There are graphic novels covering a surprisingly wide range of historical topics. Some of the more interesting novels I’ve come across include:

  • A number of works by Rick Geary focus on history in the 19th and early 20th century.  Geary’s works cover topics such as the assassination of Lincoln, a biography of Trotsky, the Lindbergh kidnapping and number of other topics. 
  • The Age of Bronze series by Eric Shanower.  This series explores the Trojan War via graphic novel at a level that would appeal to youth and with a surprising amount of historical detail.
  • Maus by Art Spiegelman.  This graphic novel does a good job of broaching a difficult historical topic, Maus focuses on the experience of Art’s father in concentration camps during the Holocaust.  The comic addresses the Holocaust in a way which is educational, powerful, and appropriate for youth to adults.

Learning from the Doctor

 The BBC series Doctor Who combines fantasy, science fiction, and history; all of which happen to be some of my favourite things.  I’m actually kind of surprised that it has taken me so long to address the show on this blog and to look at it from a public history perspective.

Doctor Who was originally conceived as an educational program for children. The idea was that the episodes set in the past were to teach kids about history, while the space episodes would provide bite-sized facts about science. This concept was reinforced by the Doctor’s first two companions being a history teacher and  a science teacher.

Today’s version of Doctor Who has an increasing fantasy and includes content that would be downright frightening to children– weeping angles anyone?  However, I still think that the program does contain some historical content that is of educational value.  The BBC has actually created some lesson plans based on Doctor Who episodes. These lesson plans typically focus on episodes where Doctor Who visits the past (eg. Victorian England, England during WWII, the era of Vincent Van Gogh, etc).  The historic setting is then used to spark conversations about the past.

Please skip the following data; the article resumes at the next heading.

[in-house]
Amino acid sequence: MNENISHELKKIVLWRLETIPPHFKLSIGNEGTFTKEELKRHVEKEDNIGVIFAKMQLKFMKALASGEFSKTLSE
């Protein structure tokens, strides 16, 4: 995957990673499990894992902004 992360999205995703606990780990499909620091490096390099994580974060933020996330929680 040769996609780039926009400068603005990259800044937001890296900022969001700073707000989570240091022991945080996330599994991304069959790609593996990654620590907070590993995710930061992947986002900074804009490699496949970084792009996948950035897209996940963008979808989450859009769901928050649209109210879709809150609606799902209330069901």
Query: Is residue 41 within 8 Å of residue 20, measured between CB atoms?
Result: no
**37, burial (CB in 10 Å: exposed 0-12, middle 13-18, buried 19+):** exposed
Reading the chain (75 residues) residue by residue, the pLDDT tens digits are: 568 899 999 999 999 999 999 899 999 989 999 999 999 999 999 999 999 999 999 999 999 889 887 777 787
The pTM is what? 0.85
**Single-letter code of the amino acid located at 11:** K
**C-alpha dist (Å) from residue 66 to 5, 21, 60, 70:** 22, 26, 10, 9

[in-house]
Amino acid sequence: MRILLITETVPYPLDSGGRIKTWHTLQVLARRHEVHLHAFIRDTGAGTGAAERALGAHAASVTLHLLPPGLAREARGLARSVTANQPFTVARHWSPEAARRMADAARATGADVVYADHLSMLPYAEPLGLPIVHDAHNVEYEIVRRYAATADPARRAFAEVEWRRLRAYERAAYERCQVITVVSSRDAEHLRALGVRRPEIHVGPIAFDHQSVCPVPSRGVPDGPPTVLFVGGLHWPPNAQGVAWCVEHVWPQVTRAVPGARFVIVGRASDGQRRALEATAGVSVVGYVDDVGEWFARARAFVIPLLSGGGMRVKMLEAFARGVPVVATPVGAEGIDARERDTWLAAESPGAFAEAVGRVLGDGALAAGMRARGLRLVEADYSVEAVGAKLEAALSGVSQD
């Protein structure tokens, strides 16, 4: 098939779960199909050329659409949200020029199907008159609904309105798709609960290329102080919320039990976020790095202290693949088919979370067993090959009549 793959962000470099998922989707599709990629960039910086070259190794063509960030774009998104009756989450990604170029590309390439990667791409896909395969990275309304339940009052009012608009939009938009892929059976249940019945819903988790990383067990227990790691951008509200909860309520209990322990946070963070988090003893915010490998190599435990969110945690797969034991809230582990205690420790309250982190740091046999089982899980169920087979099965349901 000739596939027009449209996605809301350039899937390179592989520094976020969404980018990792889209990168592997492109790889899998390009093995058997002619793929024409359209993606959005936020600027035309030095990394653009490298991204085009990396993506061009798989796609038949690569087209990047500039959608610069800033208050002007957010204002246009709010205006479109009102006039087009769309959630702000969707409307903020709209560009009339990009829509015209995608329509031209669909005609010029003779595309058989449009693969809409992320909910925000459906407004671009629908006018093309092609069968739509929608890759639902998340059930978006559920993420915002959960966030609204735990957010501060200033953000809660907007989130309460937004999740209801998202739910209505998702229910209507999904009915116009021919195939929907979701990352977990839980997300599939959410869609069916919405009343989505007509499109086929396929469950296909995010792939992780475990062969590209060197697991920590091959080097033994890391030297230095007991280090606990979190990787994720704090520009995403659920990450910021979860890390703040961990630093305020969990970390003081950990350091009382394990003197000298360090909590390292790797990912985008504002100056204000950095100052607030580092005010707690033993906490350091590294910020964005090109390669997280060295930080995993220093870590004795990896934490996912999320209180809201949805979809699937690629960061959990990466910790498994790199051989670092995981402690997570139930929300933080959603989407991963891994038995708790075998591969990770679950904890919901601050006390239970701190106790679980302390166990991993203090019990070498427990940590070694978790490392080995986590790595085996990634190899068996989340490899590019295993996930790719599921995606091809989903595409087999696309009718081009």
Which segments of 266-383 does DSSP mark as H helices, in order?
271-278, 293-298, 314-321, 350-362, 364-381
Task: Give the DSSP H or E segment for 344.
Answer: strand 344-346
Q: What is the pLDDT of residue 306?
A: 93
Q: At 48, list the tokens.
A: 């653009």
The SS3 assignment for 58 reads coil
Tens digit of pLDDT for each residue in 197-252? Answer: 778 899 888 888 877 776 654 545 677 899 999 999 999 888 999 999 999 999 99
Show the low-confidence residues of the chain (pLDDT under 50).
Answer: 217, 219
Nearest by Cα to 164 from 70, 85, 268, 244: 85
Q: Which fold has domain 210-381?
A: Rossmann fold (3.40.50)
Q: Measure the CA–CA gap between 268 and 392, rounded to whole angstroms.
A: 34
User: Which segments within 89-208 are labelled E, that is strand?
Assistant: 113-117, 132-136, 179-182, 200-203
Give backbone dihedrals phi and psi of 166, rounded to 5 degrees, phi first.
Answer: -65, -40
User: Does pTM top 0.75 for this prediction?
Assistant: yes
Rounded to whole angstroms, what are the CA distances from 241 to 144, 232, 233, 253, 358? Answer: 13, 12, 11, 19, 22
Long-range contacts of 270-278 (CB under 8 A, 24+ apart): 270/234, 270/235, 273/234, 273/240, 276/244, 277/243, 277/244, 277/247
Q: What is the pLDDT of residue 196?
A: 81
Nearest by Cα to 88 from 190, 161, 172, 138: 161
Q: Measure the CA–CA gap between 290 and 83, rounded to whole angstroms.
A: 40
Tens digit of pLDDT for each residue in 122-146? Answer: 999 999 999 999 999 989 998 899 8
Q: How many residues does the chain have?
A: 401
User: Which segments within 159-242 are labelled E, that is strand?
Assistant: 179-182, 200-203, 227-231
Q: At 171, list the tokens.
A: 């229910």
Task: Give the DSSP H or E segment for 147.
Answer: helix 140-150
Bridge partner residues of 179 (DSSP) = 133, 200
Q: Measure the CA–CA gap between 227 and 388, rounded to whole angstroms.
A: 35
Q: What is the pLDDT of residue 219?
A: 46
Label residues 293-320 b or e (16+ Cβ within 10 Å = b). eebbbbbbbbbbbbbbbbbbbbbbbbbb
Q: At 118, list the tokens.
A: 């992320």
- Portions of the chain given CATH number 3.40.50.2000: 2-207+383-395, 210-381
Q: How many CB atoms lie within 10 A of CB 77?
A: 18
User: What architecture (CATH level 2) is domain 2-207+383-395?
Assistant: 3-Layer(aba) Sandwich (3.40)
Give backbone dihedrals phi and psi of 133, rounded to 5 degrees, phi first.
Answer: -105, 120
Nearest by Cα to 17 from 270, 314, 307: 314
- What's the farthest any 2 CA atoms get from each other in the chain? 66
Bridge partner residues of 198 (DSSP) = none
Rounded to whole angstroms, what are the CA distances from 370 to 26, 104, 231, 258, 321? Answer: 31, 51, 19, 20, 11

A large number of Doctor Who episodes fall into the category of ‘alternate history.’  They contain a bit of historical context, but the details — eg. Winston Churchill is using Daleks to fight the Germans during the WWII blitz — aren’t completely accurate.   In this particular instance the setting of WWII and the actual portrayal of Winston Churchill are fairly accurate.  Most episodes where the Doctor visits the past are like this, they contain grains of truth amongst the fantasy.  Doctor Who provides an introduction to a historical era which may inspire viewers to dig into the past to learn about what actually happened. 

The Doctor Who of today is a far cry from children’s educational television.  However, there are gems of historical knowledge and context amongst the aliens, TARDIS, and sonic-screwdrivers.  And besides, who doesn’t want a TARDIS that would let them travel through time and space?

Historical Gaming


The validity of using video games to educate children is something that is discussed by both public historians and parents almost everywhere. Recently the Globe and Mail featured an article discussing Microsoft’s move to exploring the educational resources that potentially exist in video games. Microsoft and New York University have created The Games for Learning Institute. The Institute is designed to see if regular video games can draw students into math, science and technology programs. The idea that some video games can improve problem solving and reaction times is nothing new, however Microsoft is the first to attempt a study on a much larger scale. Microsoft may have ulterior motives to this study (maybe selling video games to schools for educational purposes and profit), but regardless of this understanding how children and youth learn from gaming has the potential to benefit a number of disciplines.

So what does this mean for the public historian? The Institute’s study is geared towards developing math, science, and technology skills through video games. However, the popularity of war focused video games seems like perfect forum for learning more about military history. Even board games like Risk have the potential to teach youth about military strategy, political boundaries, and military history in general. If games are constructed in consultation with a historian the educational possibilities multiply, it’s just a matter of understanding the best way to reach youth. Perhaps a heritage or historical group needs to create their own institute to discover how youth best absorb historical information….though very few historical organizations have a fraction of the money that Microsoft does, so learning more about the history and gaming might be awhile off.